We had all sorts of fun and decided that, regarding specifics, what happens in the Fangirl panel stays in the Fangirl panel.

Chris Evans and Chris Pratt may have come up.

Maybe more than once.

Here are some pictures from my amazing weekend. I can't wait to do this again!



 Gail Nall, RL Stine, and Me












Me and Gwenda Bond




 Me, Gail Nall, and Brooks Benjamin










 Annette Oppenlander and Me


Me with Obert Skye


 Me and Courtney Stevens


 Christina Farley, Lorie Langdon, Jessica Young, Marissa Williams, Me
 Marissa Williams with the Authors are Fangirls, Too session

 Marissa Williams, Carey Corp, Lorie Langdon, Me, Kathryn Ormsbee, and JC Morrows



Wednesday, March 15, 2017

Cover Reveal for Under a New York Skyline

Today is the cover reveal for Under a New York Skyline, a collection of four YA romance novellas releasing April 15th from Teenacity Books. And here it is:


Isn't it cute? Here's a short summary of the book:

Romance in New York has never been so loud with hip hop, so frenzied with Comic Con fans, or so alluring with pop sensations. Authors Kathi Oram Peterson, Nikki Trionfo, Maureen L. Mills and Teresa Richards whisk you away to four of the Big Apple’s sweetest, hippest teen romances evah!

If you'd like to learn more about my contribution to the collection, go here to read about my novella, You, Me, and Comic Con.





Wednesday, March 1, 2017

You, Me, and Comic Con

I'm so excited to announce that I have a novella releasing on April 15th in a collection of four YA romance stories with these authors:




Go here to learn more about the collection.

Here's a quick blurb about my story, which is called You, Me, and Comic Con:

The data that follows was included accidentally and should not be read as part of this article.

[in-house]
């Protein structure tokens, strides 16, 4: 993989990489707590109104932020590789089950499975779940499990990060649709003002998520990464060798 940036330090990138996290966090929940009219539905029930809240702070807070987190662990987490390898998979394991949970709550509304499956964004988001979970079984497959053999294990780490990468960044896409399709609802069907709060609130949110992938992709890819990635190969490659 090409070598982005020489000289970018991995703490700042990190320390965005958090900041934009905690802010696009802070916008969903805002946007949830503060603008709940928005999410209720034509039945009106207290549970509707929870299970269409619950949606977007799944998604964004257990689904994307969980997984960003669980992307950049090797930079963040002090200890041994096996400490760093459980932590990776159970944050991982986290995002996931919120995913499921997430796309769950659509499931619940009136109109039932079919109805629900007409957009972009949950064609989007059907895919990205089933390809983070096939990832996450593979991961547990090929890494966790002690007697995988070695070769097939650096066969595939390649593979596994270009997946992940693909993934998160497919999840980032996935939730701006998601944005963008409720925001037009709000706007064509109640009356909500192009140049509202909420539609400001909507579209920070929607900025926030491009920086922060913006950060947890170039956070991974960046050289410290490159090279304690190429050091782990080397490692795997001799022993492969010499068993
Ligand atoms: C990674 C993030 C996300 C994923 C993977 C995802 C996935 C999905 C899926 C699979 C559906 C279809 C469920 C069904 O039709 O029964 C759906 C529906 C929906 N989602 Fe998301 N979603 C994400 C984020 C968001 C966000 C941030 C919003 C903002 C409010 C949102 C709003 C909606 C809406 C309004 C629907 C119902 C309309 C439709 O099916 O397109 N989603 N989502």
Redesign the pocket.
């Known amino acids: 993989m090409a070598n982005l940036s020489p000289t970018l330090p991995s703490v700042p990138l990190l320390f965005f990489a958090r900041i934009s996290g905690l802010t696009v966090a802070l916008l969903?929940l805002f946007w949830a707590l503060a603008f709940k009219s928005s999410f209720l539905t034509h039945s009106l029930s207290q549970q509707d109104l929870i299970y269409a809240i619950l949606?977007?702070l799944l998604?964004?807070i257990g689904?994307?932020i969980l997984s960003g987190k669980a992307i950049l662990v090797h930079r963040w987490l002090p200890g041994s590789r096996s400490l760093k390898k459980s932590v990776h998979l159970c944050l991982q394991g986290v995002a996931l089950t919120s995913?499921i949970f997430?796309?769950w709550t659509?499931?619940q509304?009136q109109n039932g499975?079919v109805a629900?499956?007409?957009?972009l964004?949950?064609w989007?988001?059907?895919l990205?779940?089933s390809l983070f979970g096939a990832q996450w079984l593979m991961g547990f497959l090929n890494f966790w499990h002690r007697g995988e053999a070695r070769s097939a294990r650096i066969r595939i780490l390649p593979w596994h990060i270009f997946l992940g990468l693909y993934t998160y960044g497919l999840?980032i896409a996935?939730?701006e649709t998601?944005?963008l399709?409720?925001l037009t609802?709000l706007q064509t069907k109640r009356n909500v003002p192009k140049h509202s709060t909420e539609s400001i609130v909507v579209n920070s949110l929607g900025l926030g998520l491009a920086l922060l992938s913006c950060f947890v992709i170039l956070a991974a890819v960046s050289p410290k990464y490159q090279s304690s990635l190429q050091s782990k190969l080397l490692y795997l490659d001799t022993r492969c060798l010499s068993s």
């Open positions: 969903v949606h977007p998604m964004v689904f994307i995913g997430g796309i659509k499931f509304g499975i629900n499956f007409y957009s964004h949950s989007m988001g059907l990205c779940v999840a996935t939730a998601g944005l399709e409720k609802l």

When Avery's super-cool, super-tough skater boy boyfriend breaks up with her and heads to NYC for the day, she decides to follow him and win him back with her moves on the ramps. But when he goes to Comic Con instead of the skate park, everything she knows about him is called into question. Is he actually a closet nerd gone to let his Comic Con flag fly? 

Avery has always been too hardcore for anything but skateboard competitions, but to find out the truth, she might have to bend her own rules. With the help of an unlikely group of new friends recruited from the Comic Con line, Avery sets out to discover the truth, and learns some truths about herself along the way.

*

This is the first novella I've ever done and, I've gotta be honest, it's one of my favorite things I've ever written. The format is long enough for some great character development and satisfying story arcs, but not so long as to get bogged down in subplots and complex layers.

I got the idea for You, Me, and Comic Con when thinking about one of my side characters from Emerald Bound, Piper. She's a skater girl, and I thought it would be fun to dive into skate culture and plant a character there. But, of course, I couldn't let her stay in her comfort zone for long, so I threw her into another culture that fascinates me--Comic Con--to see how she'd react. The result was a story that I had an absolute blast writing.

The cover reveal is coming up on March 15 and if you sign up for my newsletter before then, you'll get a sneak peak at the first few pages of my story once the cover is revealed. (To sign up, scroll to the top of this page and look to the right where it says 'Join my fan clan').

Captain America plays a big role in You, Me, and Comic Con, so, as a sign off, here ya go.

You're welcome.